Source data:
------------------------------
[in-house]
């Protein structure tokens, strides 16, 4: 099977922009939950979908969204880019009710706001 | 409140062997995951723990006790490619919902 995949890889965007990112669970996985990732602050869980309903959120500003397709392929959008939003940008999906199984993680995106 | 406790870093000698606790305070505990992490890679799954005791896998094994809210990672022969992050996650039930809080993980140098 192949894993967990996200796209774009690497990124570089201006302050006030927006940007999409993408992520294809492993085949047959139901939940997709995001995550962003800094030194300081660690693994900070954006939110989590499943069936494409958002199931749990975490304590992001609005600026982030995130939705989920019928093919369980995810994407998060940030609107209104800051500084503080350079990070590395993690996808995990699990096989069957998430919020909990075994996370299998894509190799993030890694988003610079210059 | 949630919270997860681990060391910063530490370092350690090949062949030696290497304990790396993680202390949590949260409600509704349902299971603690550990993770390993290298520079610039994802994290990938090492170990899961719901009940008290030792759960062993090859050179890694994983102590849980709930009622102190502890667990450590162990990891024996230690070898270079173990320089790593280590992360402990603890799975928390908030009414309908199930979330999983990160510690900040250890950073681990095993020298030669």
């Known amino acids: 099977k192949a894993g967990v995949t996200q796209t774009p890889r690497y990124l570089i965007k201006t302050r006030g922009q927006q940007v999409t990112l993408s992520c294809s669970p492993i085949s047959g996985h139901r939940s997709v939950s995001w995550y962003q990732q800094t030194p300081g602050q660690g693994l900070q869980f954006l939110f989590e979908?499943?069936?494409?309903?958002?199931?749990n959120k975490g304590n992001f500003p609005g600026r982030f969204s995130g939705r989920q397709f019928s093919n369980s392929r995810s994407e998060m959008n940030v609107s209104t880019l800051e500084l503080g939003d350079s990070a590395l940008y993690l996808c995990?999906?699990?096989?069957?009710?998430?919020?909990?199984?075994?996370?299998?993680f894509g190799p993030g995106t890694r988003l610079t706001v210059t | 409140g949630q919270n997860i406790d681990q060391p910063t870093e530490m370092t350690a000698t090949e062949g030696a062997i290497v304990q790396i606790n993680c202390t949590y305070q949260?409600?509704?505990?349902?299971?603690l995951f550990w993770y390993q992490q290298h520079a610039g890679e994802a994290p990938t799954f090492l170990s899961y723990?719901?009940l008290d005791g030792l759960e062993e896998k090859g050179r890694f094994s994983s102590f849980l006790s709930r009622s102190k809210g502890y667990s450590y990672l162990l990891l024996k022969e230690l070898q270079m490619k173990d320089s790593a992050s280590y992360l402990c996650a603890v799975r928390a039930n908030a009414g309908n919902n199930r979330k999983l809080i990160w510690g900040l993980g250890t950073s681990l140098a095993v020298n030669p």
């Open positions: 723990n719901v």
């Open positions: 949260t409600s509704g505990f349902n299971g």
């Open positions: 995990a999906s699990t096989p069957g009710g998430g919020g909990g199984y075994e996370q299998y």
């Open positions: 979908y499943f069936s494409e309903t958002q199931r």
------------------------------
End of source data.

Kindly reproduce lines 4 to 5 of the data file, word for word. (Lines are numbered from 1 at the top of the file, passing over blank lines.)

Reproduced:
């Open positions: 723990n719901v």
């Open positions: 949260t409600s509704g505990f349902n299971g």